Tony Grist (poliphilo) wrote,
Tony Grist

A Matter Of Life And Death

I adore Orson Welles but I'm cool about Citizen Kane. It's the same with Hitchcock and Vertigo. And Bergman and Persona. I can see why these particular films are considered their maker's masterpieces and I can admire them- but I don't love them.

I think it's got something to do with the amount of conscious effort that seems to have gone into them. I prefer films that strain less hard. Lady from Shaghai, for instance, Strangers on a Train, Winter Light.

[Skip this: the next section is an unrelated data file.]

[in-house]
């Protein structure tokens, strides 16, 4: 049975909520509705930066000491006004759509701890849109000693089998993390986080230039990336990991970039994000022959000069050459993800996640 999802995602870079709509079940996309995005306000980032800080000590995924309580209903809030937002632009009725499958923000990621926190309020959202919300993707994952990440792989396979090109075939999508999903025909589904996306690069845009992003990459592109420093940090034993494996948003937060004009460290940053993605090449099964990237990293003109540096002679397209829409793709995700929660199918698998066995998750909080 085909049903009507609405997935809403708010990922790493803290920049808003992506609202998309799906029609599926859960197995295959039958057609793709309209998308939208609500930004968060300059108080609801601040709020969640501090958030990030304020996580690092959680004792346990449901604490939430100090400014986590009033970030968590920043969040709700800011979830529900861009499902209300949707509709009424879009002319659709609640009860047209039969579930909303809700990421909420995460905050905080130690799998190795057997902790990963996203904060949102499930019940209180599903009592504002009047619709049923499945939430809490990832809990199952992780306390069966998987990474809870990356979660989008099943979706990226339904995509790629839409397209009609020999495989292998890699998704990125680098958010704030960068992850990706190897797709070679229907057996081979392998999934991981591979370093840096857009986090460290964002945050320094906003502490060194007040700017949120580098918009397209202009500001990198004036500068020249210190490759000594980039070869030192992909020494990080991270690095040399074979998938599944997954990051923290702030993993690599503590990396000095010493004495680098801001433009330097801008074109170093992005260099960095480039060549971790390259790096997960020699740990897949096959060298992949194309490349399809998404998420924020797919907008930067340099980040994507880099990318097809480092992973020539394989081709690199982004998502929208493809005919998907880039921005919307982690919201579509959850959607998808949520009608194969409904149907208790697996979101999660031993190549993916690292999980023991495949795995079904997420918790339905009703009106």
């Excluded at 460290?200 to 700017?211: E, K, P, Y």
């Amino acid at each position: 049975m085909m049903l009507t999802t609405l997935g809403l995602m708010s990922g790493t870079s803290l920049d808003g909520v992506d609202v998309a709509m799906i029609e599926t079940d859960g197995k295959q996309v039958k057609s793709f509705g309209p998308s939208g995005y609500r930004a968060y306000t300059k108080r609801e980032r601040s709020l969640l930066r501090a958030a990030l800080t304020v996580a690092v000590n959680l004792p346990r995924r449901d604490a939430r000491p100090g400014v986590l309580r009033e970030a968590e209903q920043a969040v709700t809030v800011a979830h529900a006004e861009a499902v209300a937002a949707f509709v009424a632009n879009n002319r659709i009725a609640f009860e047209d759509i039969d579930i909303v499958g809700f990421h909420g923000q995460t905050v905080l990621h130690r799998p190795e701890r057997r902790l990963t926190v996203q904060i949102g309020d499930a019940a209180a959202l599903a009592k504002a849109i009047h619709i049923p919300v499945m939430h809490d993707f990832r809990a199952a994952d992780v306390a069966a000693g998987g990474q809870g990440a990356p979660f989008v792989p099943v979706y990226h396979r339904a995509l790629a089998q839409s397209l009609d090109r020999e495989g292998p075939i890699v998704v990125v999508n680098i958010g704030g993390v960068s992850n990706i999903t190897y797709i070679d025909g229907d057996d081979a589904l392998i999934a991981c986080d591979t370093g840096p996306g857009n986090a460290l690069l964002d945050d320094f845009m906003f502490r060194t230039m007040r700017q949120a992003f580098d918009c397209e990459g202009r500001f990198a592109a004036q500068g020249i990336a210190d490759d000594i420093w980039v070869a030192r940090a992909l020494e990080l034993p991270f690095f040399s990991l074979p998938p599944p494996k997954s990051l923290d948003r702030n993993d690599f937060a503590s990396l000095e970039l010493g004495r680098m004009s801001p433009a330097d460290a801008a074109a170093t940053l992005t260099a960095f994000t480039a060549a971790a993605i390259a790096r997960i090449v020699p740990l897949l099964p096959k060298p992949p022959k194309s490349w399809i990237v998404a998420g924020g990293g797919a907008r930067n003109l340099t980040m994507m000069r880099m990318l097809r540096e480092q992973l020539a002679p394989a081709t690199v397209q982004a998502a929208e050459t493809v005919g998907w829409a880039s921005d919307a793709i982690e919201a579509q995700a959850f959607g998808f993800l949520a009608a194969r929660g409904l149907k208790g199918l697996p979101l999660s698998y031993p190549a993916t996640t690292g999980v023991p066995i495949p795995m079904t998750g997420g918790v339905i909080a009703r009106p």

And then there's A Matter of Life and Death. Michael Powell is the greatest British director and it follows that I'm keen to love what is generally considered to be his greatest film- and I do, but with reservations. It's a huge film, multi-layered and with lots of great moments, but again I get that feeling that Powell was trying a little to hard to make a masterpiece.  

And it's a flawed work.  The scenes in heaven are a little too whimsical, the sets a little too cardboardy. As for the perfomances,  Niven and Livesey are fine, but Marius Goring is really annoying and Kim Hunter- with that sulky, spoiled-kid face of hers- is so dull it's impossible to believe in her as the love of anybody's life. 

I watched it again last night. I tried to put my self in a place where I would simply submit to it and let the magic do its work, but I couldn't get there.
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